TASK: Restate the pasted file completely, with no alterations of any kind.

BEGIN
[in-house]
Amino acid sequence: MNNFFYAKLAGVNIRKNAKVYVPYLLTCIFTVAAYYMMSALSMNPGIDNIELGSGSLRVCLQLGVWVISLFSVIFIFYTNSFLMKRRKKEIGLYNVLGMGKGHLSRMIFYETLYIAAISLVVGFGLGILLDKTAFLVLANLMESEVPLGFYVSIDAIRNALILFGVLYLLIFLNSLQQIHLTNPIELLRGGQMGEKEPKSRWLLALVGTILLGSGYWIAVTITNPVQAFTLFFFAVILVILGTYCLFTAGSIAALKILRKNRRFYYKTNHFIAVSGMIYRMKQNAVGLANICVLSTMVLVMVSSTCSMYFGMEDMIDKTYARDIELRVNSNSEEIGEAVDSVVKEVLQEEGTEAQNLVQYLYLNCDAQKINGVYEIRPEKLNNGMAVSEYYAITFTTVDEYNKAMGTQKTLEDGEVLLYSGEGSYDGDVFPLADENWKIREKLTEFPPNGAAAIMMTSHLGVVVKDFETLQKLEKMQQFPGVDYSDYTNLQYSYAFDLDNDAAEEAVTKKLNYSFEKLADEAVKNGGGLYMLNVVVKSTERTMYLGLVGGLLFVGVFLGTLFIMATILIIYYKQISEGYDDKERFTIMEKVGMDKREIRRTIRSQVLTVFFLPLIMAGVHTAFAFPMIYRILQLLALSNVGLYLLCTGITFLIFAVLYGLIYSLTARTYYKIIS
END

[in-house]
Amino acid sequence: MNNFFYAKLAGVNIRKNAKVYVPYLLTCIFTVAAYYMMSALSMNPGIDNIELGSGSLRVCLQLGVWVISLFSVIFIFYTNSFLMKRRKKEIGLYNVLGMGKGHLSRMIFYETLYIAAISLVVGFGLGILLDKTAFLVLANLMESEVPLGFYVSIDAIRNALILFGVLYLLIFLNSLQQIHLTNPIELLRGGQMGEKEPKSRWLLALVGTILLGSGYWIAVTITNPVQAFTLFFFAVILVILGTYCLFTAGSIAALKILRKNRRFYYKTNHFIAVSGMIYRMKQNAVGLANICVLSTMVLVMVSSTCSMYFGMEDMIDKTYARDIELRVNSNSEEIGEAVDSVVKEVLQEEGTEAQNLVQYLYLNCDAQKINGVYEIRPEKLNNGMAVSEYYAITFTTVDEYNKAMGTQKTLEDGEVLLYSGEGSYDGDVFPLADENWKIREKLTEFPPNGAAAIMMTSHLGVVVKDFETLQKLEKMQQFPGVDYSDYTNLQYSYAFDLDNDAAEEAVTKKLNYSFEKLADEAVKNGGGLYMLNVVVKSTERTMYLGLVGGLLFVGVFLGTLFIMATILIIYYKQISEGYDDKERFTIMEKVGMDKREIRRTIRSQVLTVFFLPLIMAGVHTAFAFPMIYRILQLLALSNVGLYLLCTGITFLIFAVLYGLIYSLTARTYYKIIS